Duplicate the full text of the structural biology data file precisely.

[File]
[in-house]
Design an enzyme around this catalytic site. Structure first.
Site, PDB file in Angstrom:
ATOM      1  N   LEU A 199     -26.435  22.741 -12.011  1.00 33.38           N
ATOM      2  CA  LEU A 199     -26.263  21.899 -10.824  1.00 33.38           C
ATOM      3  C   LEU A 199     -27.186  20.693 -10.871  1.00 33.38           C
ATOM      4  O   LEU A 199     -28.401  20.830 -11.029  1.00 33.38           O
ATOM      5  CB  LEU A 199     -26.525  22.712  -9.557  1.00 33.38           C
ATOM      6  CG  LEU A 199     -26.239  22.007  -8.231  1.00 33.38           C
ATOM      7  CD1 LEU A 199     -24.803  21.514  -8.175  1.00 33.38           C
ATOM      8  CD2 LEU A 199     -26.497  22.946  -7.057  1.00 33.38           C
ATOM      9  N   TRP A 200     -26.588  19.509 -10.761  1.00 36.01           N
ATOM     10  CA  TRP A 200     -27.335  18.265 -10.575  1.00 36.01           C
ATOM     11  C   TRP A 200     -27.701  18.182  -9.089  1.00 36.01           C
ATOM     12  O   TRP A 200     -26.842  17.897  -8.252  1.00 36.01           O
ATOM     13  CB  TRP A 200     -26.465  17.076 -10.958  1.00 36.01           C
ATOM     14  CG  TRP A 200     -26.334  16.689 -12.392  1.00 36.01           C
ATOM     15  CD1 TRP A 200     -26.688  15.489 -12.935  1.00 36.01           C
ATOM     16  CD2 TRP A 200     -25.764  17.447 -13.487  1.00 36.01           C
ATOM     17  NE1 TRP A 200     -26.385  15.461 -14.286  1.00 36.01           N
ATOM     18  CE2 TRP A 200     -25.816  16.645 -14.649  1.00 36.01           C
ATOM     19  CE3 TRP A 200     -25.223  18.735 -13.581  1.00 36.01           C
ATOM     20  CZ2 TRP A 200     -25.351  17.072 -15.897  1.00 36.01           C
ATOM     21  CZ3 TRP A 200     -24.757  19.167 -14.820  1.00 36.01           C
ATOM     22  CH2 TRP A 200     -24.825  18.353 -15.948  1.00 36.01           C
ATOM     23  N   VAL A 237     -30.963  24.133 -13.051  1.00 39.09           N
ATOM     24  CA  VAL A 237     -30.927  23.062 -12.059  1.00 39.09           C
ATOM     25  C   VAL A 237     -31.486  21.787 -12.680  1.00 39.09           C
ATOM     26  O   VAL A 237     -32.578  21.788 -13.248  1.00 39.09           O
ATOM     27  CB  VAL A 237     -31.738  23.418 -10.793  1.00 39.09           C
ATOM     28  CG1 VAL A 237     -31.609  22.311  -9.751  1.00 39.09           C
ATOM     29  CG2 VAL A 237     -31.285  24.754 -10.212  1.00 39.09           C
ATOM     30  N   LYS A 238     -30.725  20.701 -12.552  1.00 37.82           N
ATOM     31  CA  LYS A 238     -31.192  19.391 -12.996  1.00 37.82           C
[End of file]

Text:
[in-house]
Design an enzyme around this catalytic site. Structure first.
Site, PDB file in Angstrom:
ATOM      1  N   LEU A 199     -26.435  22.741 -12.011  1.00 33.38           N
ATOM      2  CA  LEU A 199     -26.263  21.899 -10.824  1.00 33.38           C
ATOM      3  C   LEU A 199     -27.186  20.693 -10.871  1.00 33.38           C
ATOM      4  O   LEU A 199     -28.401  20.830 -11.029  1.00 33.38           O
ATOM      5  CB  LEU A 199     -26.525  22.712  -9.557  1.00 33.38           C
ATOM      6  CG  LEU A 199     -26.239  22.007  -8.231  1.00 33.38           C
ATOM      7  CD1 LEU A 199     -24.803  21.514  -8.175  1.00 33.38           C
ATOM      8  CD2 LEU A 199     -26.497  22.946  -7.057  1.00 33.38           C
ATOM      9  N   TRP A 200     -26.588  19.509 -10.761  1.00 36.01           N
ATOM     10  CA  TRP A 200     -27.335  18.265 -10.575  1.00 36.01           C
ATOM     11  C   TRP A 200     -27.701  18.182  -9.089  1.00 36.01           C
ATOM     12  O   TRP A 200     -26.842  17.897  -8.252  1.00 36.01           O
ATOM     13  CB  TRP A 200     -26.465  17.076 -10.958  1.00 36.01           C
ATOM     14  CG  TRP A 200     -26.334  16.689 -12.392  1.00 36.01           C
ATOM     15  CD1 TRP A 200     -26.688  15.489 -12.935  1.00 36.01           C
ATOM     16  CD2 TRP A 200     -25.764  17.447 -13.487  1.00 36.01           C
ATOM     17  NE1 TRP A 200     -26.385  15.461 -14.286  1.00 36.01           N
ATOM     18  CE2 TRP A 200     -25.816  16.645 -14.649  1.00 36.01           C
ATOM     19  CE3 TRP A 200     -25.223  18.735 -13.581  1.00 36.01           C
ATOM     20  CZ2 TRP A 200     -25.351  17.072 -15.897  1.00 36.01           C
ATOM     21  CZ3 TRP A 200     -24.757  19.167 -14.820  1.00 36.01           C
ATOM     22  CH2 TRP A 200     -24.825  18.353 -15.948  1.00 36.01           C
ATOM     23  N   VAL A 237     -30.963  24.133 -13.051  1.00 39.09           N
ATOM     24  CA  VAL A 237     -30.927  23.062 -12.059  1.00 39.09           C
ATOM     25  C   VAL A 237     -31.486  21.787 -12.680  1.00 39.09           C
ATOM     26  O   VAL A 237     -32.578  21.788 -13.248  1.00 39.09           O
ATOM     27  CB  VAL A 237     -31.738  23.418 -10.793  1.00 39.09           C
ATOM     28  CG1 VAL A 237     -31.609  22.311  -9.751  1.00 39.09           C
ATOM     29  CG2 VAL A 237     -31.285  24.754 -10.212  1.00 39.09           C
ATOM     30  N   LYS A 238     -30.725  20.701 -12.552  1.00 37.82           N
ATOM     31  CA  LYS A 238     -31.192  19.391 -12.996  1.00 37.82           C